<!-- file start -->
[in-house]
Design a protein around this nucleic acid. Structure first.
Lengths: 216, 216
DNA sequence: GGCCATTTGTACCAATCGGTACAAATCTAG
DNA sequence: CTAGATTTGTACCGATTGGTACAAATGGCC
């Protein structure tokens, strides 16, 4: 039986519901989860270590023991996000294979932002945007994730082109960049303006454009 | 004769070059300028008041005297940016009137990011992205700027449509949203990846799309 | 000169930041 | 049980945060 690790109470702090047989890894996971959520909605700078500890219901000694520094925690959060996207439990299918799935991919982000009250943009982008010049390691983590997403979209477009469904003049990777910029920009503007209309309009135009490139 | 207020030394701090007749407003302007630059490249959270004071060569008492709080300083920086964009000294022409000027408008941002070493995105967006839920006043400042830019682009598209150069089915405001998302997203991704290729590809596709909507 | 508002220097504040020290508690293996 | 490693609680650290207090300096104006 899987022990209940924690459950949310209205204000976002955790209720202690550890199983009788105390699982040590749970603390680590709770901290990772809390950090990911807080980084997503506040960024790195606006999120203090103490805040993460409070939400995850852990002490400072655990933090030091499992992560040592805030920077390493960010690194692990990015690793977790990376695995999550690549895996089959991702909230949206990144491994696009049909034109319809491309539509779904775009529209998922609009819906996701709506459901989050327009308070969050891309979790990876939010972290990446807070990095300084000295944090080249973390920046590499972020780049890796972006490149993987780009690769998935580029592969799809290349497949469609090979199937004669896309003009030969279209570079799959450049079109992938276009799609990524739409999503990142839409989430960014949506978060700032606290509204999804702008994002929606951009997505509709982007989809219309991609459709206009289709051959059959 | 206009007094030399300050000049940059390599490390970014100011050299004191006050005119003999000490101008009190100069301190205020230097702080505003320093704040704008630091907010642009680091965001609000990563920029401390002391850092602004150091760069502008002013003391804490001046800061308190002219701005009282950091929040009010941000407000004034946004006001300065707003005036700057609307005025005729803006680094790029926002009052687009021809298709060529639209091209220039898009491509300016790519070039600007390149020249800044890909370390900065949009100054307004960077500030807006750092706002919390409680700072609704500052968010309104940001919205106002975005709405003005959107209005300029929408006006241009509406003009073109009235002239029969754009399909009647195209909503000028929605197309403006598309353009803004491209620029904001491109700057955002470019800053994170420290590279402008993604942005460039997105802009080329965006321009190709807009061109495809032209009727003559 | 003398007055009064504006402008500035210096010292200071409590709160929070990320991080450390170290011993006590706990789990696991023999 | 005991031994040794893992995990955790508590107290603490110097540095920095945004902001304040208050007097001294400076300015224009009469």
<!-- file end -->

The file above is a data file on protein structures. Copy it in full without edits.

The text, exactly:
[in-house]
Design a protein around this nucleic acid. Structure first.
Lengths: 216, 216
DNA sequence: GGCCATTTGTACCAATCGGTACAAATCTAG
DNA sequence: CTAGATTTGTACCGATTGGTACAAATGGCC
């Protein structure tokens, strides 16, 4: 039986519901989860270590023991996000294979932002945007994730082109960049303006454009 | 004769070059300028008041005297940016009137990011992205700027449509949203990846799309 | 000169930041 | 049980945060 690790109470702090047989890894996971959520909605700078500890219901000694520094925690959060996207439990299918799935991919982000009250943009982008010049390691983590997403979209477009469904003049990777910029920009503007209309309009135009490139 | 207020030394701090007749407003302007630059490249959270004071060569008492709080300083920086964009000294022409000027408008941002070493995105967006839920006043400042830019682009598209150069089915405001998302997203991704290729590809596709909507 | 508002220097504040020290508690293996 | 490693609680650290207090300096104006 899987022990209940924690459950949310209205204000976002955790209720202690550890199983009788105390699982040590749970603390680590709770901290990772809390950090990911807080980084997503506040960024790195606006999120203090103490805040993460409070939400995850852990002490400072655990933090030091499992992560040592805030920077390493960010690194692990990015690793977790990376695995999550690549895996089959991702909230949206990144491994696009049909034109319809491309539509779904775009529209998922609009819906996701709506459901989050327009308070969050891309979790990876939010972290990446807070990095300084000295944090080249973390920046590499972020780049890796972006490149993987780009690769998935580029592969799809290349497949469609090979199937004669896309003009030969279209570079799959450049079109992938276009799609990524739409999503990142839409989430960014949506978060700032606290509204999804702008994002929606951009997505509709982007989809219309991609459709206009289709051959059959 | 206009007094030399300050000049940059390599490390970014100011050299004191006050005119003999000490101008009190100069301190205020230097702080505003320093704040704008630091907010642009680091965001609000990563920029401390002391850092602004150091760069502008002013003391804490001046800061308190002219701005009282950091929040009010941000407000004034946004006001300065707003005036700057609307005025005729803006680094790029926002009052687009021809298709060529639209091209220039898009491509300016790519070039600007390149020249800044890909370390900065949009100054307004960077500030807006750092706002919390409680700072609704500052968010309104940001919205106002975005709405003005959107209005300029929408006006241009509406003009073109009235002239029969754009399909009647195209909503000028929605197309403006598309353009803004491209620029904001491109700057955002470019800053994170420290590279402008993604942005460039997105802009080329965006321009190709807009061109495809032209009727003559 | 003398007055009064504006402008500035210096010292200071409590709160929070990320991080450390170290011993006590706990789990696991023999 | 005991031994040794893992995990955790508590107290603490110097540095920095945004902001304040208050007097001294400076300015224009009469």